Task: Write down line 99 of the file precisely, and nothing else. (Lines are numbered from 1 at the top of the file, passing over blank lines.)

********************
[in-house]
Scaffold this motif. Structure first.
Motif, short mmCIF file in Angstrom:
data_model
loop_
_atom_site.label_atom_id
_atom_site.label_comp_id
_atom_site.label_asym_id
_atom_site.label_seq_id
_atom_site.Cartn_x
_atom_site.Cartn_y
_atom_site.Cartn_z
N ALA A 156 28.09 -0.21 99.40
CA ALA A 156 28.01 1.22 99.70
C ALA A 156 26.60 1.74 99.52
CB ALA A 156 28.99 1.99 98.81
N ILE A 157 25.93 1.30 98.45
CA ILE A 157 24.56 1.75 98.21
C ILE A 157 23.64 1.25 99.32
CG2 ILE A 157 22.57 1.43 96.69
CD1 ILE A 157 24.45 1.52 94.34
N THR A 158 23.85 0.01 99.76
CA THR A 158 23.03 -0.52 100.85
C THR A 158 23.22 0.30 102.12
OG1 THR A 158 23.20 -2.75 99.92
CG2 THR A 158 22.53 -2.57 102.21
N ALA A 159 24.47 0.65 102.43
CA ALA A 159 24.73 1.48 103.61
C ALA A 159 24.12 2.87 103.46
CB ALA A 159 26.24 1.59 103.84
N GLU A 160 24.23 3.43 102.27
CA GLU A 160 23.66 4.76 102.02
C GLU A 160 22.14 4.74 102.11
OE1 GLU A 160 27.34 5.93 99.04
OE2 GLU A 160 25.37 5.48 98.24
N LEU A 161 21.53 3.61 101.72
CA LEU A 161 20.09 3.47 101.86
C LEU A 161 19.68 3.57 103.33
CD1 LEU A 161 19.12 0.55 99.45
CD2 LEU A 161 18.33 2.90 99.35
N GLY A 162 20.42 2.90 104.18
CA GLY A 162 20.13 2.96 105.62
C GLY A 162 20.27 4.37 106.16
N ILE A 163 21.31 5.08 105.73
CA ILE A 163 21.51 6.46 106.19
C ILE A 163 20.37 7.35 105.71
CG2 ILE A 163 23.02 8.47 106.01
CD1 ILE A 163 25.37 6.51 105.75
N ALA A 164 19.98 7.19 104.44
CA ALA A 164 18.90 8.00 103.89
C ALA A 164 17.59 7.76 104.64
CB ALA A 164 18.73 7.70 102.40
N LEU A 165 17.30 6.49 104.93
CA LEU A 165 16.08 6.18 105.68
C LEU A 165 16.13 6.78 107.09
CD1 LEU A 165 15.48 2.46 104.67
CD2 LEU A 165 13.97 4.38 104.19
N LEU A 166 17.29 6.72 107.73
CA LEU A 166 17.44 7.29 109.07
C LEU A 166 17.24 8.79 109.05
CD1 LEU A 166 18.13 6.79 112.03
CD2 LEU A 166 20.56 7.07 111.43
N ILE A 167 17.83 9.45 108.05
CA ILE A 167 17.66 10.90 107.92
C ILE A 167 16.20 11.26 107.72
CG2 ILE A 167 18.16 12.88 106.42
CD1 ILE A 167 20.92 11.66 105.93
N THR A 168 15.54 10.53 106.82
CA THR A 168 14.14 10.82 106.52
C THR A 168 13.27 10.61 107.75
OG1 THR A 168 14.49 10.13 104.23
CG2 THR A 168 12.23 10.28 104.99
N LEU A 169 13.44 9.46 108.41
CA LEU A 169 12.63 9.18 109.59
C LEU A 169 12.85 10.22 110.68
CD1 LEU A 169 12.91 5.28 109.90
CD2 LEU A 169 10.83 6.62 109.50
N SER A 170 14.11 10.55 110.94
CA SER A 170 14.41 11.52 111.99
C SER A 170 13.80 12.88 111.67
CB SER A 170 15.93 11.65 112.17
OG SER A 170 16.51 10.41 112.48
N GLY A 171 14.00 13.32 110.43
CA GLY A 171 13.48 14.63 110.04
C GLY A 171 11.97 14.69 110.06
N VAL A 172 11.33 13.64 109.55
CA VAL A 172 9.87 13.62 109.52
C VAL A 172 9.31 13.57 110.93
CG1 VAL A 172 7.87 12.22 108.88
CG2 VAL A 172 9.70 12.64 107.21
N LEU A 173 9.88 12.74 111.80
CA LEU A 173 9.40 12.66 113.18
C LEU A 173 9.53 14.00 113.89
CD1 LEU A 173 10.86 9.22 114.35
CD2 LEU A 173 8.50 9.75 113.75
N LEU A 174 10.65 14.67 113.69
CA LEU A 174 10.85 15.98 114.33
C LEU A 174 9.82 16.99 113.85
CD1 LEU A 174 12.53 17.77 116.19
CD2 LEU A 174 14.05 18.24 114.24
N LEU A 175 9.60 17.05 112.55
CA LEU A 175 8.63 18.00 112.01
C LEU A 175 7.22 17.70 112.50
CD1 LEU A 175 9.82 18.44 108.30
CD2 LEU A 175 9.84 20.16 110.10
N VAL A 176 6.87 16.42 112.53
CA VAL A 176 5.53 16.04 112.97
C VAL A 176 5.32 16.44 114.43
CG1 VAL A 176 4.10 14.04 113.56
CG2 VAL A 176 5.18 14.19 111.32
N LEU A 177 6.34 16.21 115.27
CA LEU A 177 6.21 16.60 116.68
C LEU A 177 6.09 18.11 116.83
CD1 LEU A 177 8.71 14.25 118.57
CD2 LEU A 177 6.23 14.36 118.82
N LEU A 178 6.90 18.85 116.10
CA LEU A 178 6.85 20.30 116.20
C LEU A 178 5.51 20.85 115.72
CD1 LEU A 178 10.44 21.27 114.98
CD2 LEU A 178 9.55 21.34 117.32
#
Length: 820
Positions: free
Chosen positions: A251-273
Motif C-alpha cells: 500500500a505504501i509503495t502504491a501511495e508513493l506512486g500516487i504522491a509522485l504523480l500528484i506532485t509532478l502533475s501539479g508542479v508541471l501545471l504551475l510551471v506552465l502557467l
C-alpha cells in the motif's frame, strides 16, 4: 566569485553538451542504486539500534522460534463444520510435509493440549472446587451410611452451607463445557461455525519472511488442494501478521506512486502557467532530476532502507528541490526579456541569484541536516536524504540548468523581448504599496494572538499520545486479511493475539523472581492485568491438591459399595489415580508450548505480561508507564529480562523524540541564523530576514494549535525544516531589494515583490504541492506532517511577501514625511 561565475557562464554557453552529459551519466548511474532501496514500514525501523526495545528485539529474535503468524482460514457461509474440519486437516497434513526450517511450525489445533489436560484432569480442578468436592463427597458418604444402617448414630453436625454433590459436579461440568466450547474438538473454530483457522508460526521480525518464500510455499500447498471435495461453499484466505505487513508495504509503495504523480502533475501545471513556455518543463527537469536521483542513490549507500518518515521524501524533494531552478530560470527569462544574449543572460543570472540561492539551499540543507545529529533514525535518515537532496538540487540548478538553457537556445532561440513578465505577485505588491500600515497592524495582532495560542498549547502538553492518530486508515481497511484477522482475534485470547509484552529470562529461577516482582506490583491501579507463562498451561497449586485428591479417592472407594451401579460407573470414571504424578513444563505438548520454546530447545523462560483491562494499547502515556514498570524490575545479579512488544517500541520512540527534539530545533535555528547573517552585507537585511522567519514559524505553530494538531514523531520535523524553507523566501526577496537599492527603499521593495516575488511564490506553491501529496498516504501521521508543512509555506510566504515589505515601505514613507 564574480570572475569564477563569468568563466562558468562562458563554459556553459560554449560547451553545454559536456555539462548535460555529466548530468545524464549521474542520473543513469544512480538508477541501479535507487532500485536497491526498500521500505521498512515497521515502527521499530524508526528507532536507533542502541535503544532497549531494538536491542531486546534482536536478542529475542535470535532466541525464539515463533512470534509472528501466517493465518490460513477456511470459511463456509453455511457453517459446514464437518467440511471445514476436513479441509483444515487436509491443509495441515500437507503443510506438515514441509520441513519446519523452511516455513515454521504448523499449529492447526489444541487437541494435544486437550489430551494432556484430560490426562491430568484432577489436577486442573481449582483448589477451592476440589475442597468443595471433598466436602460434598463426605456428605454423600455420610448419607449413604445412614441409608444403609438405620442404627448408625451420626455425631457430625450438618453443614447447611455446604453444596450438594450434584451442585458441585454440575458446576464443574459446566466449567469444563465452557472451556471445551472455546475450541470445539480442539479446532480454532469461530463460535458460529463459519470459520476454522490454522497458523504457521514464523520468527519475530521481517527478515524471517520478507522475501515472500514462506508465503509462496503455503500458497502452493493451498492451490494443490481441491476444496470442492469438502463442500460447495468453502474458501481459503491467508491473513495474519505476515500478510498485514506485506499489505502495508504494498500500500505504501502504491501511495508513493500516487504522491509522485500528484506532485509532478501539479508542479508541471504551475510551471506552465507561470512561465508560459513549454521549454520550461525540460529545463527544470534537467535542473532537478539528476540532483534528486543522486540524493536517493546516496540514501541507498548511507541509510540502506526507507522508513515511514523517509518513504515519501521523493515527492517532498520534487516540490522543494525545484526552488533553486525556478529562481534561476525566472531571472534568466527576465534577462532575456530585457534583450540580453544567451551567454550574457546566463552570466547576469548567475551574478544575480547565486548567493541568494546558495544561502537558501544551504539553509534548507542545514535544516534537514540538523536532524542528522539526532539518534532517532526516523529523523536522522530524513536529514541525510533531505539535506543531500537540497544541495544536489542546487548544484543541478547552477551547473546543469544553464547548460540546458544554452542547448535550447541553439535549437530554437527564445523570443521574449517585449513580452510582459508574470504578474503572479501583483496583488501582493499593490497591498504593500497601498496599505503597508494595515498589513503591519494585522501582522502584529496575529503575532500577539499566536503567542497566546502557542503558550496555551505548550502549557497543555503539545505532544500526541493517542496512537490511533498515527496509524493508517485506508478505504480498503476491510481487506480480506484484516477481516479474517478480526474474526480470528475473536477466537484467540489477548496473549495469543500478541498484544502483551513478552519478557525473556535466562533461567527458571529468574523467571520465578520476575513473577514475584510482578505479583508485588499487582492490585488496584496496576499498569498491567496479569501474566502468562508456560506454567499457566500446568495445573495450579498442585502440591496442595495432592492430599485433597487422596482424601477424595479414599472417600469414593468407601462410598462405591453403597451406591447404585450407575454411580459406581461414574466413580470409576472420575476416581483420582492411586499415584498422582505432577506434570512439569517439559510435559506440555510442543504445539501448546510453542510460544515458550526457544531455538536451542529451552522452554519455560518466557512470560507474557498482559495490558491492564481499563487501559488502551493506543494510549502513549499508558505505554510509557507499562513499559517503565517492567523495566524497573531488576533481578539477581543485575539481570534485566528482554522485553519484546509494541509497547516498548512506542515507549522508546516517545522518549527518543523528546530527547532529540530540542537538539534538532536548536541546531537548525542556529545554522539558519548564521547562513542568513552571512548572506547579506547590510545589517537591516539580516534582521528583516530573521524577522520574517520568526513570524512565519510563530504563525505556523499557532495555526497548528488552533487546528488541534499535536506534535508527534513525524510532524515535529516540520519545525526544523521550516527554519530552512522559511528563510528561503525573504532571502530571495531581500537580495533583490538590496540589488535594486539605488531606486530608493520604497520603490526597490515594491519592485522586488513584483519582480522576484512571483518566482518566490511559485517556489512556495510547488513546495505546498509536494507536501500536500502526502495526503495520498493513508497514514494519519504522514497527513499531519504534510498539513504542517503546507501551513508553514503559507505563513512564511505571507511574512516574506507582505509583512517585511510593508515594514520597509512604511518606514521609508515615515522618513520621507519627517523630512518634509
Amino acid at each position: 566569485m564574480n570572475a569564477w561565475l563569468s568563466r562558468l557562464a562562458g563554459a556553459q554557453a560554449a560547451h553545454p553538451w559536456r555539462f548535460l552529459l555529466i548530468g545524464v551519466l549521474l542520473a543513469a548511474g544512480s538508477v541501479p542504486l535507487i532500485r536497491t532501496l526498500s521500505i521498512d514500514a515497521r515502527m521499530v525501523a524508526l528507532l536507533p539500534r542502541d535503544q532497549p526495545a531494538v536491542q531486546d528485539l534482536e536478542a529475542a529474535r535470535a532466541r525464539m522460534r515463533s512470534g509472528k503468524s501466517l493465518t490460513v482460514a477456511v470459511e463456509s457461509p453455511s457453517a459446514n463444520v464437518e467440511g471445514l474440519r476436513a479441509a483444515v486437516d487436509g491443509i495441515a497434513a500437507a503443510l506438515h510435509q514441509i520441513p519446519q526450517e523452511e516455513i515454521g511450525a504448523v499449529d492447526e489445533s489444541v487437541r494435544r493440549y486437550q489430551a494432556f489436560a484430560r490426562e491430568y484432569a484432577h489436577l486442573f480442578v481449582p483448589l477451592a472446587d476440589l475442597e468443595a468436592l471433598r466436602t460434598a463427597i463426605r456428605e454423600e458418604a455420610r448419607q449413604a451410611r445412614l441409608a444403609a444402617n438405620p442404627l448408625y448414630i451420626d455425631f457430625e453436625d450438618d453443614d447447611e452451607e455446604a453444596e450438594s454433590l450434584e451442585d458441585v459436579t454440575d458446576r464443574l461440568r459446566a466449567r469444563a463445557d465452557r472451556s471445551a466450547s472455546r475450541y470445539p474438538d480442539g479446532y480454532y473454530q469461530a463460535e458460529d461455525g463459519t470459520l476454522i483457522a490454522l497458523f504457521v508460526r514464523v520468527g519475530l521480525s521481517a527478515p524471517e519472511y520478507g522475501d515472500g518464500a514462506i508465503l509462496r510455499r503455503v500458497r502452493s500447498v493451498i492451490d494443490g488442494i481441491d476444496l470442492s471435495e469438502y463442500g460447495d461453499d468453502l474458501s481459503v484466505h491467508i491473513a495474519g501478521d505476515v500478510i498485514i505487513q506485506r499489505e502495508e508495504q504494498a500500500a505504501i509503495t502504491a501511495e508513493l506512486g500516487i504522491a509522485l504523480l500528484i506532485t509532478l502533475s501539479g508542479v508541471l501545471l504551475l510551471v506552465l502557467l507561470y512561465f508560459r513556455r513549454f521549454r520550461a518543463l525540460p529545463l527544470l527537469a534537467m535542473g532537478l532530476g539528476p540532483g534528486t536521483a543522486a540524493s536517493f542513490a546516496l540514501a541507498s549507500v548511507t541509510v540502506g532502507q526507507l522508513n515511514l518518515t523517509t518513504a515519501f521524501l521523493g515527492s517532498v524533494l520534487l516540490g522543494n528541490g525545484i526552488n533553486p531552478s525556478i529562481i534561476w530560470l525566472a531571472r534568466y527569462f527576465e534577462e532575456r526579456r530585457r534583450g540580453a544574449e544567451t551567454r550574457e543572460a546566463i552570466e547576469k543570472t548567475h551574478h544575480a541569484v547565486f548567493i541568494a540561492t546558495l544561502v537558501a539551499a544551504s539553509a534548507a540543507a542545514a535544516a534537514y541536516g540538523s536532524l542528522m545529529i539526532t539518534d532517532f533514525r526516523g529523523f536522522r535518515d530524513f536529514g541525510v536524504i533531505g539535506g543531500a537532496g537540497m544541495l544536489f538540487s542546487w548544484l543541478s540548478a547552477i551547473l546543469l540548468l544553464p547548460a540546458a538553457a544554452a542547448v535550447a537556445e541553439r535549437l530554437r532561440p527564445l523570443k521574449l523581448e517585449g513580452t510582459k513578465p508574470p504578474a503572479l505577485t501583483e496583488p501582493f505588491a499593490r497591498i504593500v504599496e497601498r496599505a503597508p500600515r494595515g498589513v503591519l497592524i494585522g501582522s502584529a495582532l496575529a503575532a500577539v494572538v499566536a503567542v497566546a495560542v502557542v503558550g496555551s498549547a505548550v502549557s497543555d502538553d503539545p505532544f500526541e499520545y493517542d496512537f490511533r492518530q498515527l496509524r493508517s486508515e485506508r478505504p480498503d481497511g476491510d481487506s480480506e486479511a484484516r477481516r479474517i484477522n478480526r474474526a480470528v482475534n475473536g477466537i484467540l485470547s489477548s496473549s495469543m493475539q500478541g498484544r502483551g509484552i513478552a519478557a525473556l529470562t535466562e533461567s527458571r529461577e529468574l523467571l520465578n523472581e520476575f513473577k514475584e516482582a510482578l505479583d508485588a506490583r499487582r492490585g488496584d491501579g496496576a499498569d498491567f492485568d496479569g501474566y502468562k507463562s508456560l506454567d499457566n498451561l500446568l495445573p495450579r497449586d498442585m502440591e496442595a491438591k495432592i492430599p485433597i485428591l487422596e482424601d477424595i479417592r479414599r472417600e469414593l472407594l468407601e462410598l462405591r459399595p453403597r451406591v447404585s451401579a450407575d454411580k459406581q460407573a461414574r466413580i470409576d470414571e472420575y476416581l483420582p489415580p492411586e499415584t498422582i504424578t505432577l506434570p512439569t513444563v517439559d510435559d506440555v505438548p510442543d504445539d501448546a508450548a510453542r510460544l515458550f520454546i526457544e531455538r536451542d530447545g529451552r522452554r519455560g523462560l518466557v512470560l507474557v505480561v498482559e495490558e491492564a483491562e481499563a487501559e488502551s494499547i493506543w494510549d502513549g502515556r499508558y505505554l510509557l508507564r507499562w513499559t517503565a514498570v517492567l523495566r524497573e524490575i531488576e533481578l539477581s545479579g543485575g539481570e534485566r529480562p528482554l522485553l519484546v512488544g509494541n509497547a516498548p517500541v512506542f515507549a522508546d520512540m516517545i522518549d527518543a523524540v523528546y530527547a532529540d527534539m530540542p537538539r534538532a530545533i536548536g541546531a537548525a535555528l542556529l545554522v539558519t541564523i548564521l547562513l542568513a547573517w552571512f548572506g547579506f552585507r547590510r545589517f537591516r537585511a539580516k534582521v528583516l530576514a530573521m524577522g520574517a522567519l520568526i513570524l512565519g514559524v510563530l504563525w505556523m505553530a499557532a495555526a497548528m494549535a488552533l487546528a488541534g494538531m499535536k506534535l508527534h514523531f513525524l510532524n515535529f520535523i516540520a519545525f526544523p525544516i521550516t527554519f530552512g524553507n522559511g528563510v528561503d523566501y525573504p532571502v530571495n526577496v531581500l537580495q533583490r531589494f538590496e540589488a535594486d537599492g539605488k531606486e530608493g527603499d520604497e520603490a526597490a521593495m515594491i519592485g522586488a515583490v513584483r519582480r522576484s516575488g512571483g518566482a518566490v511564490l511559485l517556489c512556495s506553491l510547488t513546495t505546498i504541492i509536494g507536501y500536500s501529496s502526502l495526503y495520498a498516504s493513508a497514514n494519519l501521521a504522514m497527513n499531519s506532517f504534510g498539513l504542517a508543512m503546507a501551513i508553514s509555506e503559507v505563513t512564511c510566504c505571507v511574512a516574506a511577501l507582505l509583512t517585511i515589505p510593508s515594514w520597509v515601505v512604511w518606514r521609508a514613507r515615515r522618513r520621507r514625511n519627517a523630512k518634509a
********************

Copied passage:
CD1 LEU A 174 12.53 17.77 116.19